Call me a dreamer, but I can’t be the only one who thinks that the money expended on trash during the holiday season could be put to better use on something else.

Book Review: Reality if Broken – Jane McGonigal

Overview: I’ve played video games since I was a kid, and have been a fan of all types of competitive games my entire life. Given these two things, this book resonated with a deep and persistent passion. McGonigal explains the benefits of games and how they can benefit the human race in the future. People indulge in games because often times a huge part of normal life is repetitive, boring, and mindless. She uses real world examples of how games have helped solve problems and bring people together. She also helps smash the stigma that people often have about video games being a mindless escapist hobby. I can tell you that after playing all types of different games throughout my life, video games are far from mindless. In fact, there are few things that can be as mentally stimulating as video games.

Lesson: If we were able to incorporate the things that we have learned about games into solving major problems in the world, businesses, and other areas of life, people would have more motivation and reason to participate and enjoy the things that come with everyday life. We have a instinctual desire to work together and solve problems, we just need better platforms for doing so.

Important Passages (Per Sean):

The truth is this: in today’s society, computer and video games are fulfilling genuine human needs that the real world is currently unable to satisfy. Games are providing rewards that reality is not. They are teaching and inspiring and engaging us in ways that reality is not. They are bringing us together in ways that reality is not.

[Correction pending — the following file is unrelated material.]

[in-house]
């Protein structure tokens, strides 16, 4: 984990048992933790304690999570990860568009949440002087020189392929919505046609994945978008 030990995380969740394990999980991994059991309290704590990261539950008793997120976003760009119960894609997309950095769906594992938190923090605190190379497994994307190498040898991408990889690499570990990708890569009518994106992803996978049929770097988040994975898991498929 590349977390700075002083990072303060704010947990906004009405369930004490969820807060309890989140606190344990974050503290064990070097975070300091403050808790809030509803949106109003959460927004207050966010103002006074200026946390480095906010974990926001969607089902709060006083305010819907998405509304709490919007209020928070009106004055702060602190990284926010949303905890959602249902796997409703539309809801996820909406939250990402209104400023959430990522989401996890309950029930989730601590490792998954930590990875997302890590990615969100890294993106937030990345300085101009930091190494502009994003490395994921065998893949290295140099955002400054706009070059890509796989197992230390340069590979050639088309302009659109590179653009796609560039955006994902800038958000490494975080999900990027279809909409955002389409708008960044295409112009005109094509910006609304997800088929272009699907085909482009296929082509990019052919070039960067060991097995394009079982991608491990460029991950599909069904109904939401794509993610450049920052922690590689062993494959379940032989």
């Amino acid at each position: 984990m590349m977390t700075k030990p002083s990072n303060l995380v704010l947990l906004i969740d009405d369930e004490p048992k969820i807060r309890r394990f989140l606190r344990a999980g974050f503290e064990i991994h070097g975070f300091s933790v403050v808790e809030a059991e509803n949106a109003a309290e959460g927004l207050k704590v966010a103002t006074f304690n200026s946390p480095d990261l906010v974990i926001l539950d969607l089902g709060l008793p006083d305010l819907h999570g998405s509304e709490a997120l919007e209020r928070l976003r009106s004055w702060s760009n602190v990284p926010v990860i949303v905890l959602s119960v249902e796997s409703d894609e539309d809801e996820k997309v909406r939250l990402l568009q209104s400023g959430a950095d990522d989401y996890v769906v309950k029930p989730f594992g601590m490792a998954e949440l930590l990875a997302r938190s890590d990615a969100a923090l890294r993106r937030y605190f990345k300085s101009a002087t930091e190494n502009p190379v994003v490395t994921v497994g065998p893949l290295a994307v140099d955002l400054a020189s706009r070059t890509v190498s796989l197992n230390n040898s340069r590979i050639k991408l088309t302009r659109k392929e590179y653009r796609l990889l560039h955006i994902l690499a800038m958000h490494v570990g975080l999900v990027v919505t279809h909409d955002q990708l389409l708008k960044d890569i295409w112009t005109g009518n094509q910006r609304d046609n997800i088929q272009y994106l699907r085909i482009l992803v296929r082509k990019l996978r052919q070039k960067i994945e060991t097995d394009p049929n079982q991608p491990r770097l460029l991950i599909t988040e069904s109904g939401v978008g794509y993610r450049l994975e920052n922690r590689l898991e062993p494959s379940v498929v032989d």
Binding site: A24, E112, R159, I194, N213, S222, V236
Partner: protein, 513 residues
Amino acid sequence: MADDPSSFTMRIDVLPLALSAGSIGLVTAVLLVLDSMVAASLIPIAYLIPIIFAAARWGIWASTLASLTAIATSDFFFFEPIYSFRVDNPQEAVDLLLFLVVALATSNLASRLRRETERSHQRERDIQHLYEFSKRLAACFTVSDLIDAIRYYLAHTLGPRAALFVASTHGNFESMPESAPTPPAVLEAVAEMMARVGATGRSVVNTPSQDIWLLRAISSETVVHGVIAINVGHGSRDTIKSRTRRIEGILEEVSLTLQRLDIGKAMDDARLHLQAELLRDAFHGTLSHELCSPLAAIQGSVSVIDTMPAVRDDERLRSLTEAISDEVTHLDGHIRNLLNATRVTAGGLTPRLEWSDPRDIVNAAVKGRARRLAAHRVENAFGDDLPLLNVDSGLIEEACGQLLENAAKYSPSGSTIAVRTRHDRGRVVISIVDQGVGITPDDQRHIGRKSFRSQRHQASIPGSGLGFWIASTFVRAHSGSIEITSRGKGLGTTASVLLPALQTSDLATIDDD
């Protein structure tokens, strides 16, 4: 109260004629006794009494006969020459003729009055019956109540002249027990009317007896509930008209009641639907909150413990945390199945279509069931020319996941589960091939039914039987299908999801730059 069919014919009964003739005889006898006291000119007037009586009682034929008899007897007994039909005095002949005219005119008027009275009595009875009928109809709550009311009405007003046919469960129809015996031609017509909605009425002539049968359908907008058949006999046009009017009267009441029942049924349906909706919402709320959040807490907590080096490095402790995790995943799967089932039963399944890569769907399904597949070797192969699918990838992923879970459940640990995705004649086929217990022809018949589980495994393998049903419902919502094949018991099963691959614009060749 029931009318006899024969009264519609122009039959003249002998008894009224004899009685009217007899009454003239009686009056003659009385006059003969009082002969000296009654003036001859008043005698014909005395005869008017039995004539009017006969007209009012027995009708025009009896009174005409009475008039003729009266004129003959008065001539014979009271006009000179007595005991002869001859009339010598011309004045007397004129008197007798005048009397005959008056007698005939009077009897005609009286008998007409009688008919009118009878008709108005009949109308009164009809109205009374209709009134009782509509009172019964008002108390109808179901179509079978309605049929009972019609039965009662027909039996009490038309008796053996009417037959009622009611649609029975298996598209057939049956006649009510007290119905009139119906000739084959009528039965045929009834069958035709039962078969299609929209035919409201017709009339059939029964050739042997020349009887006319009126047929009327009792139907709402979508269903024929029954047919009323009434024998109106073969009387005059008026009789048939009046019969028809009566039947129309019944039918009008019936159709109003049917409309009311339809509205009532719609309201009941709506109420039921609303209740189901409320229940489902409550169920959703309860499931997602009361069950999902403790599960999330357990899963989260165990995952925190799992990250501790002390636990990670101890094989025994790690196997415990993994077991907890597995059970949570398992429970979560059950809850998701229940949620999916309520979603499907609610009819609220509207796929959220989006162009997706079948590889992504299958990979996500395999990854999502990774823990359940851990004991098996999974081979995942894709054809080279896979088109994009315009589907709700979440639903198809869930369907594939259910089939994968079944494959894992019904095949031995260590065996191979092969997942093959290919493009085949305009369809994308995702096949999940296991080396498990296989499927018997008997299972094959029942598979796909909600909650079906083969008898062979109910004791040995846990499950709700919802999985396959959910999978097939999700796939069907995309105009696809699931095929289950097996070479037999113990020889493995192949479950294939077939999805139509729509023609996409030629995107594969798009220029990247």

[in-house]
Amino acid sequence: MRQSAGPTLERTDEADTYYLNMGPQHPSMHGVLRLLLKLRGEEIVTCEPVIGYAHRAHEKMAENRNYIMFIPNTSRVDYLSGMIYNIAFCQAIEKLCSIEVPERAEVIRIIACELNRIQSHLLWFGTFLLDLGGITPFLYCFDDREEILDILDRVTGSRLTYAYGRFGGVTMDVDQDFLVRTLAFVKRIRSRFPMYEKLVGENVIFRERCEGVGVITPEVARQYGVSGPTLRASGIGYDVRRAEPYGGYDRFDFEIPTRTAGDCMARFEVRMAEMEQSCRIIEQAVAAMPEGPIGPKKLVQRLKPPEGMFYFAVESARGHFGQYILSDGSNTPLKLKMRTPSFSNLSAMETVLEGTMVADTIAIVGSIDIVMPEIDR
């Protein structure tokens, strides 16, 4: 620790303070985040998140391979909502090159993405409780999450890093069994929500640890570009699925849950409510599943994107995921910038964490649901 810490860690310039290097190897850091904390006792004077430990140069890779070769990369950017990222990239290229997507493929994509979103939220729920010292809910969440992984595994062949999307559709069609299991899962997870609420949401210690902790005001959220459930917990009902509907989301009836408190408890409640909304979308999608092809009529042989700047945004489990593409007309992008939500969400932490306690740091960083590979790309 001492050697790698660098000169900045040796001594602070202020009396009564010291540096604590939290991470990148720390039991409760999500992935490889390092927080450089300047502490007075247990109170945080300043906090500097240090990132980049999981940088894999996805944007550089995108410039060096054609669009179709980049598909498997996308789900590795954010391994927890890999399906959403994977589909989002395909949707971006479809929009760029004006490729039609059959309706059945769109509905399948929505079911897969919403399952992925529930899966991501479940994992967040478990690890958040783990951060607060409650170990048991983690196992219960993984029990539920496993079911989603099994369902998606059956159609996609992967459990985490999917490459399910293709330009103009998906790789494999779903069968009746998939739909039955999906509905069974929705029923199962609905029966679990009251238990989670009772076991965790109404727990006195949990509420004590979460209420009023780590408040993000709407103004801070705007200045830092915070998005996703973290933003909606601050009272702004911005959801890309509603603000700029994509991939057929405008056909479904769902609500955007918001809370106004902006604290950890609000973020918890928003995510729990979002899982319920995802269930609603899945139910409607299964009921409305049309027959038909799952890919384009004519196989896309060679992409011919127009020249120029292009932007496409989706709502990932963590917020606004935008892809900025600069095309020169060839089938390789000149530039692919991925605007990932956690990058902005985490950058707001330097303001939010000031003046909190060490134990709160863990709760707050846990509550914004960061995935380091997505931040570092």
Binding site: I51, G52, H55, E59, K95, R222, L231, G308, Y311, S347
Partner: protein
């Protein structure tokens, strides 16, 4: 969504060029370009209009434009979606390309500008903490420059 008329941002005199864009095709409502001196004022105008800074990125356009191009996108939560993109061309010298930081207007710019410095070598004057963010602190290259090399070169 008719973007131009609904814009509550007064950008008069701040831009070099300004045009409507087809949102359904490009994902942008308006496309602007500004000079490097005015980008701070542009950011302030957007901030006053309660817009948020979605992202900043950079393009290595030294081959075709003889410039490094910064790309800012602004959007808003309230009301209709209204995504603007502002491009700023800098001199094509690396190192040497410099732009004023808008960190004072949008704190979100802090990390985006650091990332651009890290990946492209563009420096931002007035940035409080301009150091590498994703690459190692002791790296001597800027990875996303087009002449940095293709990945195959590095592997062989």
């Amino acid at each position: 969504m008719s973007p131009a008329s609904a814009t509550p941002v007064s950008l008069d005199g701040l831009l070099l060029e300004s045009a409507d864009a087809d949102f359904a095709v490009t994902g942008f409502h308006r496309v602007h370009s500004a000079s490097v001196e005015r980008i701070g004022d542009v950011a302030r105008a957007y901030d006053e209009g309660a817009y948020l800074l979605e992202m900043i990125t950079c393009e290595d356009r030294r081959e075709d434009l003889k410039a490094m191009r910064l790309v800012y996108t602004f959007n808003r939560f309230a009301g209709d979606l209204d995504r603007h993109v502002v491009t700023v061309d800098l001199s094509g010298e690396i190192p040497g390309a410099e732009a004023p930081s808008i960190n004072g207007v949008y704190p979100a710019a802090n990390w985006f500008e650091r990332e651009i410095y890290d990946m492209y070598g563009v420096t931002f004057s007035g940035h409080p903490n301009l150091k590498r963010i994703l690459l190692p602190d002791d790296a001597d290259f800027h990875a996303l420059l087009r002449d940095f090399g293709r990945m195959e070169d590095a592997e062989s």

Collectively, the planet is now spending more than 3 billion hours a week gaming.

Playing a game is the voluntary attempt to overcome unnecessary obstacles.

When you are in a state of flow, you want to stay there: both quitting and winning are equally unsatisfying outcomes.

In fact, it’s a truism in the game industry that a well-designed game should be playable immediately, with no instruction whatsoever.

A game is an opportunity to focus our energy, with relentless optimism, at something we’re good at (or getting better at) and enjoy. In other words, gameplay is the direct emotional opposite of depression.

In our real lives, hard work is too often something we do because we have to do it—to make a living, to get ahead, to meet someone else’s expectations, or simply because someone else gave us a job to do. We resent that kind of work. It stresses us out. It takes time away from our friends and family. It comes with too much criticism. We’re afraid of failing. We often don’t get to see the direct impact of our efforts, so we rarely feel satisfied. Or, worse, our real-world work isn’t hard enough. We’re bored out of our minds. We feel completely underutilized. We feel unappreciated. We are wasting our lives.

The research proves what gamers already know: within the limits of our own endurance, we would rather work hard than be entertained. Perhaps that’s why gamers spend less time watching television than anyone else on the planet.

He was intensely focused, highly motivated, creatively charged, and working at the very limits of his abilities. Immersion was almost instant. Flow was fast and virtually guaranteed.